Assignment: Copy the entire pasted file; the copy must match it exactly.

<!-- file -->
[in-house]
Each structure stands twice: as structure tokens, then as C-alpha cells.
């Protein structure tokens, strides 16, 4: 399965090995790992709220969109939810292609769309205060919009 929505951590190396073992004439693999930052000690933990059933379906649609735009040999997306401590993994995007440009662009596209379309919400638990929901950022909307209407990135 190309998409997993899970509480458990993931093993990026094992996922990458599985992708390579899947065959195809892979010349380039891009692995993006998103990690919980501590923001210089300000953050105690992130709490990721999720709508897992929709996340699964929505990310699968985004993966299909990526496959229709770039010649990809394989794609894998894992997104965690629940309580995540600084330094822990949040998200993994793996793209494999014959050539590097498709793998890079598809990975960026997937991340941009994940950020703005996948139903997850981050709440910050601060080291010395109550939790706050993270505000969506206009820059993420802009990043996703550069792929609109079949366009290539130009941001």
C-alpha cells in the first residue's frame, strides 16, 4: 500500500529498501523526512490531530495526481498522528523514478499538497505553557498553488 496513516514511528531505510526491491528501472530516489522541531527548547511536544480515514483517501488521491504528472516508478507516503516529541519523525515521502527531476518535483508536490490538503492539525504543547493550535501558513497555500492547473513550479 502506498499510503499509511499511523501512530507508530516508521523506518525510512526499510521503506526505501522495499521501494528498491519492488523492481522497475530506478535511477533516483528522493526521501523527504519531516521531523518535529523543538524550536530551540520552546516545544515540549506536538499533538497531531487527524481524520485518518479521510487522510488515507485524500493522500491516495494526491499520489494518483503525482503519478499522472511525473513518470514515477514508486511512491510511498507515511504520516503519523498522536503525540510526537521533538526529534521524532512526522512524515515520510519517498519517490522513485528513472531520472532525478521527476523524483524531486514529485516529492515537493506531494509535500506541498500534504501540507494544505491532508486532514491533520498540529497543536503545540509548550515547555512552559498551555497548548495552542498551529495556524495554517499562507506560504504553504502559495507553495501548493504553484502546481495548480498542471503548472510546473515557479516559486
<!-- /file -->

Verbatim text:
[in-house]
Each structure stands twice: as structure tokens, then as C-alpha cells.
């Protein structure tokens, strides 16, 4: 399965090995790992709220969109939810292609769309205060919009 929505951590190396073992004439693999930052000690933990059933379906649609735009040999997306401590993994995007440009662009596209379309919400638990929901950022909307209407990135 190309998409997993899970509480458990993931093993990026094992996922990458599985992708390579899947065959195809892979010349380039891009692995993006998103990690919980501590923001210089300000953050105690992130709490990721999720709508897992929709996340699964929505990310699968985004993966299909990526496959229709770039010649990809394989794609894998894992997104965690629940309580995540600084330094822990949040998200993994793996793209494999014959050539590097498709793998890079598809990975960026997937991340941009994940950020703005996948139903997850981050709440910050601060080291010395109550939790706050993270505000969506206009820059993420802009990043996703550069792929609109079949366009290539130009941001």
C-alpha cells in the first residue's frame, strides 16, 4: 500500500529498501523526512490531530495526481498522528523514478499538497505553557498553488 496513516514511528531505510526491491528501472530516489522541531527548547511536544480515514483517501488521491504528472516508478507516503516529541519523525515521502527531476518535483508536490490538503492539525504543547493550535501558513497555500492547473513550479 502506498499510503499509511499511523501512530507508530516508521523506518525510512526499510521503506526505501522495499521501494528498491519492488523492481522497475530506478535511477533516483528522493526521501523527504519531516521531523518535529523543538524550536530551540520552546516545544515540549506536538499533538497531531487527524481524520485518518479521510487522510488515507485524500493522500491516495494526491499520489494518483503525482503519478499522472511525473513518470514515477514508486511512491510511498507515511504520516503519523498522536503525540510526537521533538526529534521524532512526522512524515515520510519517498519517490522513485528513472531520472532525478521527476523524483524531486514529485516529492515537493506531494509535500506541498500534504501540507494544505491532508486532514491533520498540529497543536503545540509548550515547555512552559498551555497548548495552542498551529495556524495554517499562507506560504504553504502559495507553495501548493504553484502546481495548480498542471503548472510546473515557479516559486